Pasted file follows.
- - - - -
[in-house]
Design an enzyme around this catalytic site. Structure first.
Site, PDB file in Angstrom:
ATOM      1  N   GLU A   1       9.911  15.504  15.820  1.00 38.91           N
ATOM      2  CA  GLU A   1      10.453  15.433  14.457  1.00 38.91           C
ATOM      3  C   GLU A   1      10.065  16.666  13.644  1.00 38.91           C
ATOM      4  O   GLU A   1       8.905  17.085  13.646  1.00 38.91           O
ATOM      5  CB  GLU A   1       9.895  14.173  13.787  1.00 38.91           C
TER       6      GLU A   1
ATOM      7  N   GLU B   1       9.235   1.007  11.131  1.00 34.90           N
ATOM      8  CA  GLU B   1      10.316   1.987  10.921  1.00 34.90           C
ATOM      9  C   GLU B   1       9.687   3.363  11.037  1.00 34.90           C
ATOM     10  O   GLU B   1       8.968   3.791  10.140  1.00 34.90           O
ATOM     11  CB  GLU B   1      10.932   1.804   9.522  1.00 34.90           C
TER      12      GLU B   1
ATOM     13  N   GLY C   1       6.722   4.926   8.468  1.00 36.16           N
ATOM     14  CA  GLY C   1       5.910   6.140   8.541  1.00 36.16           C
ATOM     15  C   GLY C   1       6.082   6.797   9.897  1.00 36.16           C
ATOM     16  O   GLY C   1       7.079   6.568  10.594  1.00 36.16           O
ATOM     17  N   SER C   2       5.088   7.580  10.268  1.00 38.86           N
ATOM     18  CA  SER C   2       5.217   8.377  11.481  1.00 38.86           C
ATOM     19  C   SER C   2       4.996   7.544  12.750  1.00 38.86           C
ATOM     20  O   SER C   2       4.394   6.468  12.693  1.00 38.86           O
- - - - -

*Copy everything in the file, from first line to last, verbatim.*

[in-house]
Design an enzyme around this catalytic site. Structure first.
Site, PDB file in Angstrom:
ATOM      1  N   GLU A   1       9.911  15.504  15.820  1.00 38.91           N
ATOM      2  CA  GLU A   1      10.453  15.433  14.457  1.00 38.91           C
ATOM      3  C   GLU A   1      10.065  16.666  13.644  1.00 38.91           C
ATOM      4  O   GLU A   1       8.905  17.085  13.646  1.00 38.91           O
ATOM      5  CB  GLU A   1       9.895  14.173  13.787  1.00 38.91           C
TER       6      GLU A   1
ATOM      7  N   GLU B   1       9.235   1.007  11.131  1.00 34.90           N
ATOM      8  CA  GLU B   1      10.316   1.987  10.921  1.00 34.90           C
ATOM      9  C   GLU B   1       9.687   3.363  11.037  1.00 34.90           C
ATOM     10  O   GLU B   1       8.968   3.791  10.140  1.00 34.90           O
ATOM     11  CB  GLU B   1      10.932   1.804   9.522  1.00 34.90           C
TER      12      GLU B   1
ATOM     13  N   GLY C   1       6.722   4.926   8.468  1.00 36.16           N
ATOM     14  CA  GLY C   1       5.910   6.140   8.541  1.00 36.16           C
ATOM     15  C   GLY C   1       6.082   6.797   9.897  1.00 36.16           C
ATOM     16  O   GLY C   1       7.079   6.568  10.594  1.00 36.16           O
ATOM     17  N   SER C   2       5.088   7.580  10.268  1.00 38.86           N
ATOM     18  CA  SER C   2       5.217   8.377  11.481  1.00 38.86           C
ATOM     19  C   SER C   2       4.996   7.544  12.750  1.00 38.86           C
ATOM     20  O   SER C   2       4.394   6.468  12.693  1.00 38.86           O